As the Texas Legislature’s special session drew to a close in late June, Dallas-area tea party leader Katrina Pierson stood inside the nearly empty House chambers and delivered a message to a network of tea party activists around the state: with just a few days left to tighten Texas’ immigration laws, Republicans were slacking off.
In the year Texas lawmakers passed the controversial voter photo ID law, and formalized requirements that drivers show proof of citizenship when applying for a license, a coalition of tea party groups issued an open letter to Gov. Rick Perry, urging him to bring the Legislature back in session yet again, this time just to tackle immigration.
“Although we do not necessarily hold you completely responsible for the inexcusable actions of the House and Senate members during the regular and special sessions, the ball is now squarely in your court,” the letter read.
Immigration — specifically his support for Texas’ extending in-state college tuition to illegal immigrants who’ve graduated from Texas high schools — was what got Perry booed at CNN’s Tea Party debate in Florida last week. It’s also one of the few places where he’d see eye to eye with a more moderate crowd of voters.
Taking advantage of the extra attention on Perry lately, that coalition of tea party groups has taken up its cause asking Perry to call another session of the Texas Legislature. Specifically, the groups want a new session aimed at a banning “sanctuary cities” — municipalities where local police are aren’t encouraged to check someone’s citizenship status. (Opponents who helped defeat the bill include not only minority rights activists, but police who say checking federal immigration status just isn’t part of their job.)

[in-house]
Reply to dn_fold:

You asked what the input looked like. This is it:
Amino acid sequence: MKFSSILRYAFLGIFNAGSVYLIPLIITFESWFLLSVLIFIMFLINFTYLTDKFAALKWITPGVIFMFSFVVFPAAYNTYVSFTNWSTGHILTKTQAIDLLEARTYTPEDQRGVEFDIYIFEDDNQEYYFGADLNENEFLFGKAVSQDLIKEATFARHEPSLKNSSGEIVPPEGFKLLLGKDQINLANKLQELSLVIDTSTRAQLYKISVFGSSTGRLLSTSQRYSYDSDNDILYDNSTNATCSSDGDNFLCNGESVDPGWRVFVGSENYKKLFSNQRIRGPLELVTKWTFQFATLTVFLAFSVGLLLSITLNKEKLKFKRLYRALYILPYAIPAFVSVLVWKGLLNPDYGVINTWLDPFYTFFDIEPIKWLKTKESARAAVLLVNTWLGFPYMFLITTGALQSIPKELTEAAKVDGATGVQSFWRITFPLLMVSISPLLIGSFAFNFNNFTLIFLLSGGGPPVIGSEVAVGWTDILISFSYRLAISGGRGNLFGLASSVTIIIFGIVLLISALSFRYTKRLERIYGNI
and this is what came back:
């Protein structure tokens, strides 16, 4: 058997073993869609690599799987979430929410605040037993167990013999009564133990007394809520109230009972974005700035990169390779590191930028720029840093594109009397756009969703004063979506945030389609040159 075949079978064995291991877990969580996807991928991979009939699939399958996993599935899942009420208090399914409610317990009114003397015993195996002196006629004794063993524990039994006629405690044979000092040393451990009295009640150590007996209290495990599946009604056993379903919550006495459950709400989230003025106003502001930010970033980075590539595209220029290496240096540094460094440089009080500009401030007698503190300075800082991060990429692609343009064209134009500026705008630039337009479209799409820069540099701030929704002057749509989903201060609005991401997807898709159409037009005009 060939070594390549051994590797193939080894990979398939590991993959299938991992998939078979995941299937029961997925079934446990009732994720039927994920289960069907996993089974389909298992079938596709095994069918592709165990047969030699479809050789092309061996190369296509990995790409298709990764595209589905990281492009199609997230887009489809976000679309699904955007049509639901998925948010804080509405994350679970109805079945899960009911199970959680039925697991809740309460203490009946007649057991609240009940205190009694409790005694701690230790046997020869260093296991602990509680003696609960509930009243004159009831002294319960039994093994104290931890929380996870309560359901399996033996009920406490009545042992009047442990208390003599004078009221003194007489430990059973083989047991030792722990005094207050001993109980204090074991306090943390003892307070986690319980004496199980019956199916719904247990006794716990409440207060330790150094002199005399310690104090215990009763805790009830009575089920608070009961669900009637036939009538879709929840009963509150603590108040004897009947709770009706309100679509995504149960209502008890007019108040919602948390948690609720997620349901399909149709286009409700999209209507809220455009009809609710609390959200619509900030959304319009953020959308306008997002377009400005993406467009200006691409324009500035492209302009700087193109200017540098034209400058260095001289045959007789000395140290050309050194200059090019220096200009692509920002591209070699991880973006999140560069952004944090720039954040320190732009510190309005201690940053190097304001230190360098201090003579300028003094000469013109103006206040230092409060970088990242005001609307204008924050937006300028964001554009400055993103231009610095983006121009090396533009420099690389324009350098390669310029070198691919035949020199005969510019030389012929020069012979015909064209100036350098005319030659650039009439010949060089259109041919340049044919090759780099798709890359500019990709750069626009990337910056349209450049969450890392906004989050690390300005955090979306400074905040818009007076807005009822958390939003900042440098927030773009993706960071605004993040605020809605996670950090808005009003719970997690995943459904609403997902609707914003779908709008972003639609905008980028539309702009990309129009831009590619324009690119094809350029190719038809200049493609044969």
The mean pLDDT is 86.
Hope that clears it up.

This morning at the State Capitol, Texas Tea Party Caucus Advisory Committee Chair JoAnn Fleming will headline a press conference announcing 3,000 signatures onto that open letter, urging Perry to reconvene the Legislature to tackle one last piece of “emergency” legislation, as he’d declared it earlier this year.
According to the group’s announcement today, “over 3,000 local activists have signed on to the letter, including representatives of over 100 local tea party, 9-12 and related grassroots groups.”
In a months-old video posted along with the groups’ announcement, Fleming recalls her disappointment with GOP lawmakers’ failure to push through the sanctuary cities ban:
“The games that are being played in both the House and the Senate are games that we didn’t vote for,” Fleming said. “The failure to address the issue of the illegal immigration of our state, the failure rests solely on the shoulders of Republican leadership in the House and the Senate.”